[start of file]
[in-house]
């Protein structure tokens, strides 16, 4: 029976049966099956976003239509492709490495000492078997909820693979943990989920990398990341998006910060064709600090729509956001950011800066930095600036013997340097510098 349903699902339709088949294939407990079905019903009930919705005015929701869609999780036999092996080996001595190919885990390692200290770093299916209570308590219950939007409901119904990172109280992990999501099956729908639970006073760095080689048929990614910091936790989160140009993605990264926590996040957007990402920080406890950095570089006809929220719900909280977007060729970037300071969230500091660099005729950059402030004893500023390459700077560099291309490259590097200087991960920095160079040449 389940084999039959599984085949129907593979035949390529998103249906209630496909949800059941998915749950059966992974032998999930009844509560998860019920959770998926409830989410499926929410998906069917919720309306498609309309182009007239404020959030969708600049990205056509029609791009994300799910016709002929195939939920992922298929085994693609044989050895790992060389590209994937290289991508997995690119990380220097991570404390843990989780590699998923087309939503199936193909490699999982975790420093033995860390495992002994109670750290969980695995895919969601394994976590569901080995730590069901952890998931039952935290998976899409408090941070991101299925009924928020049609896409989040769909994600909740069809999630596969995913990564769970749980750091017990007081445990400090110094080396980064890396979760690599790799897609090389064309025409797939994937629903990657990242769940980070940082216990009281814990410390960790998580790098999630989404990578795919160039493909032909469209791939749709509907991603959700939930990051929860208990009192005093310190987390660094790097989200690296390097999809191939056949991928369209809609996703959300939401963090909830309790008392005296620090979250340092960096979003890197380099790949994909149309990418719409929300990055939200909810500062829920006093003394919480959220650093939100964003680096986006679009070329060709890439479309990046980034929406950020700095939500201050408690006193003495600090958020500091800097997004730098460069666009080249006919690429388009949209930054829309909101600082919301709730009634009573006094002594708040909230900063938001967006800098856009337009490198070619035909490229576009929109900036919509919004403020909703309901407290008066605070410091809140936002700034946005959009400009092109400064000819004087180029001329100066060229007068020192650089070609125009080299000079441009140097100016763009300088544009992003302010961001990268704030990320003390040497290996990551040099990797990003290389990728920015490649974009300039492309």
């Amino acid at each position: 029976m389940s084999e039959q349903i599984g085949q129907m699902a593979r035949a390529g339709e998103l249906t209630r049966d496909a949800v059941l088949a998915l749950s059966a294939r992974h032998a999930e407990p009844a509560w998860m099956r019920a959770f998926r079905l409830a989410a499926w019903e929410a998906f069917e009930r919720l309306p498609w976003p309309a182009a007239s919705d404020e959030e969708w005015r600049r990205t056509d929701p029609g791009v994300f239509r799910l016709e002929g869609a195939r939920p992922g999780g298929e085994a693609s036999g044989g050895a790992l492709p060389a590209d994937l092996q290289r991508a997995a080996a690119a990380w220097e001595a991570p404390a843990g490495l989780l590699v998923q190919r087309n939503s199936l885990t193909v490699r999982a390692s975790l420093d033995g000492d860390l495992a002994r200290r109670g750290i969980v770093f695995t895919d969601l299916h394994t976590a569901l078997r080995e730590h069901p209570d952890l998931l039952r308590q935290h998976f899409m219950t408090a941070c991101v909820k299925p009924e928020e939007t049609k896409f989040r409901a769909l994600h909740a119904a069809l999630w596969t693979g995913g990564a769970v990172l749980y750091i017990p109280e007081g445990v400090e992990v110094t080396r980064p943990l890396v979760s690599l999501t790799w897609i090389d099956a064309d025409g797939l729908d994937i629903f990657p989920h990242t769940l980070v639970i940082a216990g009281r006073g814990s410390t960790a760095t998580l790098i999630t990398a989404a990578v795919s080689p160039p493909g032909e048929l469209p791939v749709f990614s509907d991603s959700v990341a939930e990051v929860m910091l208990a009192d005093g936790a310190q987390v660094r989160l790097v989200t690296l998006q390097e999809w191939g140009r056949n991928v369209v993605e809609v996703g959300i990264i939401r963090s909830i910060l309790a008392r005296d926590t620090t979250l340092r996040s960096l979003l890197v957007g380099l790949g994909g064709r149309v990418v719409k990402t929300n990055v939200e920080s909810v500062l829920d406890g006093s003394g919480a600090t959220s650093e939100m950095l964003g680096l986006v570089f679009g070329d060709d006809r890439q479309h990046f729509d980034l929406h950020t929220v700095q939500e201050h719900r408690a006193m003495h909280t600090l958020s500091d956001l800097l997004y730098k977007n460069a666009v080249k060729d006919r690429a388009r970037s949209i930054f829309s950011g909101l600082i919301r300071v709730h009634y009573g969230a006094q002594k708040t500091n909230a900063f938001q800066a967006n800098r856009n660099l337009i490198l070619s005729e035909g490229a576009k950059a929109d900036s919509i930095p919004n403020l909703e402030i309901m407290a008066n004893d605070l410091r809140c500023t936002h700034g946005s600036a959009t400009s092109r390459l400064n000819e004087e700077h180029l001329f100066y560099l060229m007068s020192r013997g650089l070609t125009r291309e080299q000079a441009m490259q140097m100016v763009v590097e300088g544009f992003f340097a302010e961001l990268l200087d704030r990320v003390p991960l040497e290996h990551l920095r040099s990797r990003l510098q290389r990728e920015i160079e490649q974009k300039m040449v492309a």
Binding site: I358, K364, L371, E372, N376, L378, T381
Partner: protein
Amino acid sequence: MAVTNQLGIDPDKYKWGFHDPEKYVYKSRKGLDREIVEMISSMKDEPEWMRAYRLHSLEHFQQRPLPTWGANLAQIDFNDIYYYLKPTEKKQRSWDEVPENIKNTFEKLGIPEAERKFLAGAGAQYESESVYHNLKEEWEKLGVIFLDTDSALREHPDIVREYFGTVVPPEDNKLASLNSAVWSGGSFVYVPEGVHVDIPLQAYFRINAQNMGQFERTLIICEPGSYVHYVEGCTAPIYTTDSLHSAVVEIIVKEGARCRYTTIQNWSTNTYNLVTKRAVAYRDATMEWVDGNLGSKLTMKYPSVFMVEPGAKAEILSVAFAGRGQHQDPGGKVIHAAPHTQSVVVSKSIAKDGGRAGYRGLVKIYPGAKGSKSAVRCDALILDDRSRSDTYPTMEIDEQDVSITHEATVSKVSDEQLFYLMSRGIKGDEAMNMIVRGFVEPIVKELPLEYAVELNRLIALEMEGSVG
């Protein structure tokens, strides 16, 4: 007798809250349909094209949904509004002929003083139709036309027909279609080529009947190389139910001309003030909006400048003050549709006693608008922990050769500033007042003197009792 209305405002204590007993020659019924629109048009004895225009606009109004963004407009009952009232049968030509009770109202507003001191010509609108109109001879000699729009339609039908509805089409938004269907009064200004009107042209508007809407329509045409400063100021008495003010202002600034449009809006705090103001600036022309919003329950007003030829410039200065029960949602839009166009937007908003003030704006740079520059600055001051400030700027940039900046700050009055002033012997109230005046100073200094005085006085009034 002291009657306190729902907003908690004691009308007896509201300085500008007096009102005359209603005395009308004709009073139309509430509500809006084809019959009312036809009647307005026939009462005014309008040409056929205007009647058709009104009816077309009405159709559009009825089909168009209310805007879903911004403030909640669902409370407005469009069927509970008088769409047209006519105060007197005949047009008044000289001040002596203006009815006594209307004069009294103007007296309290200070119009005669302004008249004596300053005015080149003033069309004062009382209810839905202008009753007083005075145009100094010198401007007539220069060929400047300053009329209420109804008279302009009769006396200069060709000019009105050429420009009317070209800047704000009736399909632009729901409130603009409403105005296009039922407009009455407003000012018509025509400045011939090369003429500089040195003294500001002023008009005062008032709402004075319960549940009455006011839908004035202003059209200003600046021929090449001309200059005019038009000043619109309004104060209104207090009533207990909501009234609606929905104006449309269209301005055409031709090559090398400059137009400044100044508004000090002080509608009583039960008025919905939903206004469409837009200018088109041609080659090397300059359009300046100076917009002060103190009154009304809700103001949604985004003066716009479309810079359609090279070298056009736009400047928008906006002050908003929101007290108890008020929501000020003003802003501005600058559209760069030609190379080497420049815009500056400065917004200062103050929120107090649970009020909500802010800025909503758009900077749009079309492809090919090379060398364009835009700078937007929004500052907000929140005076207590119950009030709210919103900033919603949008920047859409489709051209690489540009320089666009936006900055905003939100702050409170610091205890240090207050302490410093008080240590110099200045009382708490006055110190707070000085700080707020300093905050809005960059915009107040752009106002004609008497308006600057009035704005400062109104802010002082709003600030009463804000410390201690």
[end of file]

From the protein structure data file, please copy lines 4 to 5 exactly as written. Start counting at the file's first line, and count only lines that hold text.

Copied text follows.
Binding site: I358, K364, L371, E372, N376, L378, T381
Partner: protein